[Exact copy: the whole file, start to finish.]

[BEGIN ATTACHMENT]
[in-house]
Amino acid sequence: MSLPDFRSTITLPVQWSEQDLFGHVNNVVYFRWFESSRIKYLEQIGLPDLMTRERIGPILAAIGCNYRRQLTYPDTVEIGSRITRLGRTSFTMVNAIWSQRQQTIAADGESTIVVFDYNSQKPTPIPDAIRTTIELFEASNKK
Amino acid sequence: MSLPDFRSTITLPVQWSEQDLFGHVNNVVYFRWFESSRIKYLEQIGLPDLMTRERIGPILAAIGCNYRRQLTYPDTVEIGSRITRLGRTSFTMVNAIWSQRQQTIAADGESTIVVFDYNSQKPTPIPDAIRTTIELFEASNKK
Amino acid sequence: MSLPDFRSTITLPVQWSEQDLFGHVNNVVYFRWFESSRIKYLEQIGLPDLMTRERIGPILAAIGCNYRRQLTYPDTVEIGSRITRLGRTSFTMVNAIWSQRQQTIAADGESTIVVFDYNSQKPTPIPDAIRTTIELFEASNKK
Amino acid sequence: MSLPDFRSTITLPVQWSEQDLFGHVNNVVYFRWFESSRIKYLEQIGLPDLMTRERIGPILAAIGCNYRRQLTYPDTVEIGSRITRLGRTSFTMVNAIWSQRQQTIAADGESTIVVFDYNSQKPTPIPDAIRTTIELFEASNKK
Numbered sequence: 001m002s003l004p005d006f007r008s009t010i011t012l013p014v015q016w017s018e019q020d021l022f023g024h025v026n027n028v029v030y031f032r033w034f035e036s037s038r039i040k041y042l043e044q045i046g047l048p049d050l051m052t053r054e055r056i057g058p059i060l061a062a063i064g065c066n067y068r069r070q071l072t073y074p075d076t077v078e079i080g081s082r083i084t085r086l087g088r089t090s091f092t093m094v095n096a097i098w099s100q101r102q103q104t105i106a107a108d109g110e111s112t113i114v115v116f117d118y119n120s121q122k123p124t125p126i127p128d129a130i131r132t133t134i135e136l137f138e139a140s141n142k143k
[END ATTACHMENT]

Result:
[in-house]
Amino acid sequence: MSLPDFRSTITLPVQWSEQDLFGHVNNVVYFRWFESSRIKYLEQIGLPDLMTRERIGPILAAIGCNYRRQLTYPDTVEIGSRITRLGRTSFTMVNAIWSQRQQTIAADGESTIVVFDYNSQKPTPIPDAIRTTIELFEASNKK
Amino acid sequence: MSLPDFRSTITLPVQWSEQDLFGHVNNVVYFRWFESSRIKYLEQIGLPDLMTRERIGPILAAIGCNYRRQLTYPDTVEIGSRITRLGRTSFTMVNAIWSQRQQTIAADGESTIVVFDYNSQKPTPIPDAIRTTIELFEASNKK
Amino acid sequence: MSLPDFRSTITLPVQWSEQDLFGHVNNVVYFRWFESSRIKYLEQIGLPDLMTRERIGPILAAIGCNYRRQLTYPDTVEIGSRITRLGRTSFTMVNAIWSQRQQTIAADGESTIVVFDYNSQKPTPIPDAIRTTIELFEASNKK
Amino acid sequence: MSLPDFRSTITLPVQWSEQDLFGHVNNVVYFRWFESSRIKYLEQIGLPDLMTRERIGPILAAIGCNYRRQLTYPDTVEIGSRITRLGRTSFTMVNAIWSQRQQTIAADGESTIVVFDYNSQKPTPIPDAIRTTIELFEASNKK
Numbered sequence: 001m002s003l004p005d006f007r008s009t010i011t012l013p014v015q016w017s018e019q020d021l022f023g024h025v026n027n028v029v030y031f032r033w034f035e036s037s038r039i040k041y042l043e044q045i046g047l048p049d050l051m052t053r054e055r056i057g058p059i060l061a062a063i064g065c066n067y068r069r070q071l072t073y074p075d076t077v078e079i080g081s082r083i084t085r086l087g088r089t090s091f092t093m094v095n096a097i098w099s100q101r102q103q104t105i106a107a108d109g110e111s112t113i114v115v116f117d118y119n120s121q122k123p124t125p126i127p128d129a130i131r132t133t134i135e136l137f138e139a140s141n142k143k